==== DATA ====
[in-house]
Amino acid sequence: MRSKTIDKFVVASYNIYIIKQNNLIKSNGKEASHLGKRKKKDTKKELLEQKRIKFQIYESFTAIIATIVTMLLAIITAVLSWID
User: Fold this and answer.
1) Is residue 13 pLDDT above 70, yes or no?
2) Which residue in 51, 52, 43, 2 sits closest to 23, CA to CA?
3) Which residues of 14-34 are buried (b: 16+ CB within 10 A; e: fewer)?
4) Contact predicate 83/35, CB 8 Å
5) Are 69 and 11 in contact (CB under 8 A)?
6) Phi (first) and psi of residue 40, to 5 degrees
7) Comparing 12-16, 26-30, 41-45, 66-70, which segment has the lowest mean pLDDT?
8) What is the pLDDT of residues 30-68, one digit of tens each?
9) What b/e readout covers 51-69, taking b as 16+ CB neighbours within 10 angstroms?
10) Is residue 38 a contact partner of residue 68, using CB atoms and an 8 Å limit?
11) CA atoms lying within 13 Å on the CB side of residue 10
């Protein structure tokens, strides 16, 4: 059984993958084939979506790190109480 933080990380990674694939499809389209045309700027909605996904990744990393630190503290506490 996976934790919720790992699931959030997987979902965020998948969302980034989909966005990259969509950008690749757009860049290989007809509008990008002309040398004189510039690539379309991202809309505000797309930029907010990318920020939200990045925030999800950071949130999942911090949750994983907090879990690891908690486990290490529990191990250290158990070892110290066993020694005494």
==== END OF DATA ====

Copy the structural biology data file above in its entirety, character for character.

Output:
[in-house]
Amino acid sequence: MRSKTIDKFVVASYNIYIIKQNNLIKSNGKEASHLGKRKKKDTKKELLEQKRIKFQIYESFTAIIATIVTMLLAIITAVLSWID
User: Fold this and answer.
1) Is residue 13 pLDDT above 70, yes or no?
2) Which residue in 51, 52, 43, 2 sits closest to 23, CA to CA?
3) Which residues of 14-34 are buried (b: 16+ CB within 10 A; e: fewer)?
4) Contact predicate 83/35, CB 8 Å
5) Are 69 and 11 in contact (CB under 8 A)?
6) Phi (first) and psi of residue 40, to 5 degrees
7) Comparing 12-16, 26-30, 41-45, 66-70, which segment has the lowest mean pLDDT?
8) What is the pLDDT of residues 30-68, one digit of tens each?
9) What b/e readout covers 51-69, taking b as 16+ CB neighbours within 10 angstroms?
10) Is residue 38 a contact partner of residue 68, using CB atoms and an 8 Å limit?
11) CA atoms lying within 13 Å on the CB side of residue 10
């Protein structure tokens, strides 16, 4: 059984993958084939979506790190109480 933080990380990674694939499809389209045309700027909605996904990744990393630190503290506490 996976934790919720790992699931959030997987979902965020998948969302980034989909966005990259969509950008690749757009860049290989007809509008990008002309040398004189510039690539379309991202809309505000797309930029907010990318920020939200990045925030999800950071949130999942911090949750994983907090879990690891908690486990290490529990191990250290158990070892110290066993020694005494």